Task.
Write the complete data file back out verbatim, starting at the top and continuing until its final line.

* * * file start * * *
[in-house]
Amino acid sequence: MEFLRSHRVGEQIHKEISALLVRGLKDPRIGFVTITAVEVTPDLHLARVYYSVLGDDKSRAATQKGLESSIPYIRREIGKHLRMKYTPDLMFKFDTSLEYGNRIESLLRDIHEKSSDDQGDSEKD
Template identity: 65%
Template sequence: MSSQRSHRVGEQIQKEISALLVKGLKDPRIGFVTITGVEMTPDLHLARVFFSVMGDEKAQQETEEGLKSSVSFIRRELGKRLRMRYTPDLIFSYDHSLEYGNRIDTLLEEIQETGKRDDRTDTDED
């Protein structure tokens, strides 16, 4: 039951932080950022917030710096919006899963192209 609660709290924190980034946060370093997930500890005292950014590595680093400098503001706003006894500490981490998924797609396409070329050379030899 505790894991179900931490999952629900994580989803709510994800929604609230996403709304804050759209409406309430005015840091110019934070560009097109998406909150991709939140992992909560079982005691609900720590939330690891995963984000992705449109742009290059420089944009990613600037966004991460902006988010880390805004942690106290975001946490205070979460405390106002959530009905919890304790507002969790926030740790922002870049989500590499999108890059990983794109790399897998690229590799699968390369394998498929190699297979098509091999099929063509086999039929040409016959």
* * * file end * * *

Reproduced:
[in-house]
Amino acid sequence: MEFLRSHRVGEQIHKEISALLVRGLKDPRIGFVTITAVEVTPDLHLARVYYSVLGDDKSRAATQKGLESSIPYIRREIGKHLRMKYTPDLMFKFDTSLEYGNRIESLLRDIHEKSSDDQGDSEKD
Template identity: 65%
Template sequence: MSSQRSHRVGEQIQKEISALLVKGLKDPRIGFVTITGVEMTPDLHLARVFFSVMGDEKAQQETEEGLKSSVSFIRRELGKRLRMRYTPDLIFSYDHSLEYGNRIDTLLEEIQETGKRDDRTDTDED
């Protein structure tokens, strides 16, 4: 039951932080950022917030710096919006899963192209 609660709290924190980034946060370093997930500890005292950014590595680093400098503001706003006894500490981490998924797609396409070329050379030899 505790894991179900931490999952629900994580989803709510994800929604609230996403709304804050759209409406309430005015840091110019934070560009097109998406909150991709939140992992909560079982005691609900720590939330690891995963984000992705449109742009290059420089944009990613600037966004991460902006988010880390805004942690106290975001946490205070979460405390106002959530009905919890304790507002969790926030740790922002870049989500590499999108890059990983794109790399897998690229590799699968390369394998498929190699297979098509091999099929063509086999039929040409016959």